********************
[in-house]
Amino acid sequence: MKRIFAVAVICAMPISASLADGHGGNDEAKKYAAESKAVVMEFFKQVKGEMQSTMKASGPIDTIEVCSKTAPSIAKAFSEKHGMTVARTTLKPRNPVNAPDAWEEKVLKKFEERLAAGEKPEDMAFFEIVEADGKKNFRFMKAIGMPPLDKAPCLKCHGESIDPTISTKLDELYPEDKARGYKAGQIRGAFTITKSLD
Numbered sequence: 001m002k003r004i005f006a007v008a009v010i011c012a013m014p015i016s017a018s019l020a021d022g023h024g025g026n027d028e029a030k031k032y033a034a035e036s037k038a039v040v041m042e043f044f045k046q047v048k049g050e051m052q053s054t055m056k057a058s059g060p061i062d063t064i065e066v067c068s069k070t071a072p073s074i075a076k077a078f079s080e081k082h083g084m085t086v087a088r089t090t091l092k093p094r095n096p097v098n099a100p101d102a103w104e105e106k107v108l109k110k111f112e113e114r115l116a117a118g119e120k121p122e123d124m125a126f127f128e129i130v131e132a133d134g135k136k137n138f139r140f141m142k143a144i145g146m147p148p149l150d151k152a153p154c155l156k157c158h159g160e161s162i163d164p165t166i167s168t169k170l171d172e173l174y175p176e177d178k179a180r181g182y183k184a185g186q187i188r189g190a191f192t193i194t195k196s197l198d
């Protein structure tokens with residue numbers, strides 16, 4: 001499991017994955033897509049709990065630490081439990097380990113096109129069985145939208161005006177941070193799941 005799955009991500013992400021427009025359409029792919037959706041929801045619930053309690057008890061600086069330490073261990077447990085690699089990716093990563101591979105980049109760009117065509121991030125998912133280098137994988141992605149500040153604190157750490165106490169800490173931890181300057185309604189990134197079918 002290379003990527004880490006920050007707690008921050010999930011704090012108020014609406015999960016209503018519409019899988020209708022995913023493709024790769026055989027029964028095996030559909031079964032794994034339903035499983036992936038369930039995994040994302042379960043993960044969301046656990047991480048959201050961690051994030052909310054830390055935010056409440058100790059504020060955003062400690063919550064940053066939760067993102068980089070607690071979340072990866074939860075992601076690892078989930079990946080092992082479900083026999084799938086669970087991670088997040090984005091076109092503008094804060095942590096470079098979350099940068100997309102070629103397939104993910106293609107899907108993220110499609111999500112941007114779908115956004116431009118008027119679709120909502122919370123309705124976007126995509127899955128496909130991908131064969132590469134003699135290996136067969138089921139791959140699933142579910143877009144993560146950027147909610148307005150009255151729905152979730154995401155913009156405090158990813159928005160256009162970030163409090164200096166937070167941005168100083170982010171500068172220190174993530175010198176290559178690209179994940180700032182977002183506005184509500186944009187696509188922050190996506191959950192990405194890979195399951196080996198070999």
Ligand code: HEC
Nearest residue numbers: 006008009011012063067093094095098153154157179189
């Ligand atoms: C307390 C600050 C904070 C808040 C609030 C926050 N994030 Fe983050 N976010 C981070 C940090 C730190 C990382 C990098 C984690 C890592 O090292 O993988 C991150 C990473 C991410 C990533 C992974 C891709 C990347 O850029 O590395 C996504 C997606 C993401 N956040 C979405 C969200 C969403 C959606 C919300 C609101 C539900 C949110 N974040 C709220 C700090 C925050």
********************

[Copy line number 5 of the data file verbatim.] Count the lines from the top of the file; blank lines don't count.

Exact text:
Ligand code: HEC